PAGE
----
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Glasgow Central Railway Station

(Glasgow Central, Glaschu Mheadhain)

Glasgow Central Station
©2017 Gazetteer for Scotland

Glasgow Central Station

Opened in 1879 by the Caledonian Railway Company as a terminus for southbound passenger trains, Glasgow Central Station (Gael: Glaschu Mheadhain) originally had nine platforms. A low-level station opened in 1896 with two further platforms, but with an increase in passenger numbers, the original station was extended and expanded by four more platforms during the period 1901-05. The result was an Edwardian station which was probably one of the grandest in Scotland and is certainly now the busiest, with 28 million passengers per annum, the third busiest outside London (2014). The low-level station closed in 1964, but due to an increase in services was brought into use once again in 1979. The station now has 17 platforms.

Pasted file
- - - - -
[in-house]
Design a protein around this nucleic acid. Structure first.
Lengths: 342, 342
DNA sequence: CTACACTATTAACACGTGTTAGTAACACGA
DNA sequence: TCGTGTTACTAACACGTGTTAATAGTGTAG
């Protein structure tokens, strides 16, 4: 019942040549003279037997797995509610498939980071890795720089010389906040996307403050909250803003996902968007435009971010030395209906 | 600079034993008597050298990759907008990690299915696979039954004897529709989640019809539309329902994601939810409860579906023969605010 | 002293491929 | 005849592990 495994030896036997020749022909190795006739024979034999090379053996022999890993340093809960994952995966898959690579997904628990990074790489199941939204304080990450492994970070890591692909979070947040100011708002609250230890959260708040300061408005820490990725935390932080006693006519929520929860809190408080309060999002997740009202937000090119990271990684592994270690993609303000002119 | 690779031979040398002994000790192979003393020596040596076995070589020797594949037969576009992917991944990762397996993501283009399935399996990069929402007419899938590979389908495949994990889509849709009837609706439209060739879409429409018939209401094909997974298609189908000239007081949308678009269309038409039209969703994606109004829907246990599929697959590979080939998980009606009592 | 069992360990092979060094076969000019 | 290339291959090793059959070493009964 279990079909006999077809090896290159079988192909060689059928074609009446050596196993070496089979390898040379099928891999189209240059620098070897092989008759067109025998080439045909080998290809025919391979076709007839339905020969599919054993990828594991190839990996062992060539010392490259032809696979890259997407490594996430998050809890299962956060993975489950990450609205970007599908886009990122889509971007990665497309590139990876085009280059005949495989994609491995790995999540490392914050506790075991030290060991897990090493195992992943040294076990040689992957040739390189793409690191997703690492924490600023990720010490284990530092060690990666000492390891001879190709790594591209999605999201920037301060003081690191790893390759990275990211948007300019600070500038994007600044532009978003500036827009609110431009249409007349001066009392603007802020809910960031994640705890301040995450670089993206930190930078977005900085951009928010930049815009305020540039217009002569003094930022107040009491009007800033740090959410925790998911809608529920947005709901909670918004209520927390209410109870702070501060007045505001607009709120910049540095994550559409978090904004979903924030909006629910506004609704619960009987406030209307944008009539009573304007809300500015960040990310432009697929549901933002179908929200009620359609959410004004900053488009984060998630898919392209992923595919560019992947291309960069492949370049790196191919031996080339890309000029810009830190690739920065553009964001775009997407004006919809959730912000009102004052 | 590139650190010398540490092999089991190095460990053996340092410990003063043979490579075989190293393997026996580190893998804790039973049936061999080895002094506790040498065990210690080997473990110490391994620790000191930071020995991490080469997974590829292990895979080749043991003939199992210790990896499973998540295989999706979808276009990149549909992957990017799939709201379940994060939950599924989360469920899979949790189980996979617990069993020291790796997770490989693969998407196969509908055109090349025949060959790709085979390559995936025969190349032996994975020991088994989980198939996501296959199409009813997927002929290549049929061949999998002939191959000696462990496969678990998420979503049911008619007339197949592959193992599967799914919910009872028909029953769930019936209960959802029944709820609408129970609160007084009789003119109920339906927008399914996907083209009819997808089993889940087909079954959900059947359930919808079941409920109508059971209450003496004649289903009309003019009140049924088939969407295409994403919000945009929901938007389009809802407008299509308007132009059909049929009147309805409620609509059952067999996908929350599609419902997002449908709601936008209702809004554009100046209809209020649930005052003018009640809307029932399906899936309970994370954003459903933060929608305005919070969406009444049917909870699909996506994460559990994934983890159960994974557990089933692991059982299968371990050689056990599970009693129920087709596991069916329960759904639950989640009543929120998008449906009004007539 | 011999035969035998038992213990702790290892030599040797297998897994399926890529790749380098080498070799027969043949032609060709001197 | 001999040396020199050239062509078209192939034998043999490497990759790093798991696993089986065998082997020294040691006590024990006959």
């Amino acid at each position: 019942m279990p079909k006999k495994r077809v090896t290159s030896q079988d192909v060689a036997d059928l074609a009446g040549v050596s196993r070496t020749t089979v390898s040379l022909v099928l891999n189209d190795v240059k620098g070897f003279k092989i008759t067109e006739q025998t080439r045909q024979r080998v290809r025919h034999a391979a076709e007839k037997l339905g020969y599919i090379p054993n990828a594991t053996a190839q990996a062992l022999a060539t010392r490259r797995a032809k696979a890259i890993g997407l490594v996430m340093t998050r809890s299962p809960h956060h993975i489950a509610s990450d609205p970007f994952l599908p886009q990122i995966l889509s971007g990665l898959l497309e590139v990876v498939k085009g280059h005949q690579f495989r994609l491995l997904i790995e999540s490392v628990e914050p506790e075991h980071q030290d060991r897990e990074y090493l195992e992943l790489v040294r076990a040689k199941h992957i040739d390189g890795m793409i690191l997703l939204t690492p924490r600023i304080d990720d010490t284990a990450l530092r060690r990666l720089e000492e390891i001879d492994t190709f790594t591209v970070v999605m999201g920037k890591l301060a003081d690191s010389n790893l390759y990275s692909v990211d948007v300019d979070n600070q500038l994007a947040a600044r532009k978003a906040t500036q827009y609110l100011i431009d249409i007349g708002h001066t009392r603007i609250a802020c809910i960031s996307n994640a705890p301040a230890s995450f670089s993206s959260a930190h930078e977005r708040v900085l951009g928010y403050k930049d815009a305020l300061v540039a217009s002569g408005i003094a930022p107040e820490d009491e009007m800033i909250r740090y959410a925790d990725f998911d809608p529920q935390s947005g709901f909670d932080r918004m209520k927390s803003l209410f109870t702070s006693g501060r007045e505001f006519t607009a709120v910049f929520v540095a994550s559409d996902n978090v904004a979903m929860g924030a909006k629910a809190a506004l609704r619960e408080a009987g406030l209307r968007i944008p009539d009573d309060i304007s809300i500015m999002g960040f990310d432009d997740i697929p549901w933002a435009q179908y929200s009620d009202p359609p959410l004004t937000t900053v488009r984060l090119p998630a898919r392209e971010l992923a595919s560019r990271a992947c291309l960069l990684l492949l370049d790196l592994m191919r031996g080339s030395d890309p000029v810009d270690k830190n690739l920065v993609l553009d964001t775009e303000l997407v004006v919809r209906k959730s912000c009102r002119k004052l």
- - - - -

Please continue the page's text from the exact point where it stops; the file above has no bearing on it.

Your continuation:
The Category-A listed building has some of Glasgow's best loved landmarks are associated with it. The Shell, a First World War artillery shell which was converted into a charity bowl, is a well-known meeting point, while another is the Heilander's Umbrella, the area beneath the railway bridge which crossed Argyle Street and was frequented by travellers from the Highlands and Islands.

Unlike Queen Street Station, Central Station is one of only twenty British railway stations directly managed by Network Rail.

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